Some of you who are following Turkish software developers on Twitter might have come across some Tweets about Java Day Istanbul and could not make much sense of it. This blog post is for you and for those who want to learn how to run an effective Twitter campaign to convince an organization to take on responsibility for gender-equal representation.Continue Reading...
Archives For Personal Experiences
I am very happy today.
I decided to start this blog in December 2013. The reason was that people at power positions like professors, senior students were not only saying but defending that “women do not make programmers”. This drives me nuts. I started this blog to support women developers who get exposed to this kind of treatment. Actually “we” started the blog. Those who would like to learn the details, can check my first post (In Turkish). After this first post, I gathered the first team and we founded Kadin Yazilimci (literally, Woman Developer), and we gradually increased in number, with new people joining us.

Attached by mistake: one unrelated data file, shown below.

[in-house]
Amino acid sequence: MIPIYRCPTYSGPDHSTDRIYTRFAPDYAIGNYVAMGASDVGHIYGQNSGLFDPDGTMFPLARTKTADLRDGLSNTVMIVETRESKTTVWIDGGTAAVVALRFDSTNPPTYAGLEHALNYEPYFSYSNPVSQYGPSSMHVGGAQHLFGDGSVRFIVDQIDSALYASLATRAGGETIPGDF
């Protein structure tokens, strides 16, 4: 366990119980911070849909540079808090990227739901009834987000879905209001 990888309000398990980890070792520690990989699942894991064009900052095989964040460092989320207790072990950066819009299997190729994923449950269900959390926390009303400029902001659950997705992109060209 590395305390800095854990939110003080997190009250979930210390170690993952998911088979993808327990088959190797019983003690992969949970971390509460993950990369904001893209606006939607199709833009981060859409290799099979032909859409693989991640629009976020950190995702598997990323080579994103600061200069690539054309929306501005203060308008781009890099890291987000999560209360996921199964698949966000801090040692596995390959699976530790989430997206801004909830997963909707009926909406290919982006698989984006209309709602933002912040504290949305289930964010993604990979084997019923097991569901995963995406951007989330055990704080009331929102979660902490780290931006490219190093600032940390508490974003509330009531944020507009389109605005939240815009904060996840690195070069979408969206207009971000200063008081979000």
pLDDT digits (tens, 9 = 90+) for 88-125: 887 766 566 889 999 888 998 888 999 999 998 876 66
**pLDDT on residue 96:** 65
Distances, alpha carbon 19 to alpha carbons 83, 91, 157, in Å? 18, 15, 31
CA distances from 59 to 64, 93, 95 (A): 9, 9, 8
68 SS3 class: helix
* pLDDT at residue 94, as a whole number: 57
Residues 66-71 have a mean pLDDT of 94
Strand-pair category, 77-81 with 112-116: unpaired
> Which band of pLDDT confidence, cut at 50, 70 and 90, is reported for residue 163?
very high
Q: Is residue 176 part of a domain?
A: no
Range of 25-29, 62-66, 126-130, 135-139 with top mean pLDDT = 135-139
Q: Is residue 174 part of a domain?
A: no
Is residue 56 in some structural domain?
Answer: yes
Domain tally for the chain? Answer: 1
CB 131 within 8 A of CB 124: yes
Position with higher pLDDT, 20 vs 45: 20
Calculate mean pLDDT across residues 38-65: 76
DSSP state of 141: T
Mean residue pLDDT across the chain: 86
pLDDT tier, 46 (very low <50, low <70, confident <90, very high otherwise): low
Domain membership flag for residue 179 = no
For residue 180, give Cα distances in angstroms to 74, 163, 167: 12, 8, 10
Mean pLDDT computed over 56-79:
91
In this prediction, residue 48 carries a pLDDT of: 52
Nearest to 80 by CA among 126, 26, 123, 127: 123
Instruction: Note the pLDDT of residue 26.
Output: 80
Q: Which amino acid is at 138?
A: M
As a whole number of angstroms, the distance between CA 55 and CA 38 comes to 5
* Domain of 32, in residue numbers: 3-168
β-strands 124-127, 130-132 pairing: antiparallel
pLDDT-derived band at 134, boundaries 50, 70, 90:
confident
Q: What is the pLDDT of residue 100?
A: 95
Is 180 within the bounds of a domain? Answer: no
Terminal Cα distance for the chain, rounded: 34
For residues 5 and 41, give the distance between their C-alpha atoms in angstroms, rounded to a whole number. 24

At a local academic conference called Akademik Bilişim, someone who is a manager from an international company, said “Honestly speaking, girls do not make IT people” yet again. He said like it was a fact of life, as if it were a normal thing to say. This nonsense happened at a conference attended by students from many universities in Turkey.
But this time, we made him apologize cooperatively. The international company where he works published a statement about the event. Mr. Gökhan said that he gave the talk four times. I am sure he is not going to give it again.
I would like to declare my regret for the current perception of my words and I sincerely apologize.
— Ilker Gokhan (@rigokhan) February 11, 2016
As a global company we put diversity at the core of our company culture. pic.twitter.com/vBMY9vAwZt
— Siemens Türkiye (@SiemensTurkiye) February 11, 2016
We achieved this thanks to the efforts of Necdet Yücel and Aral Balkan. I would like to thank them both, especially Aral Balkan, on behalf of women developers. I believe that we have made a difference for women developers. And I think this is the first tangible result we attained since we founded the Kadin Yazilimci organization.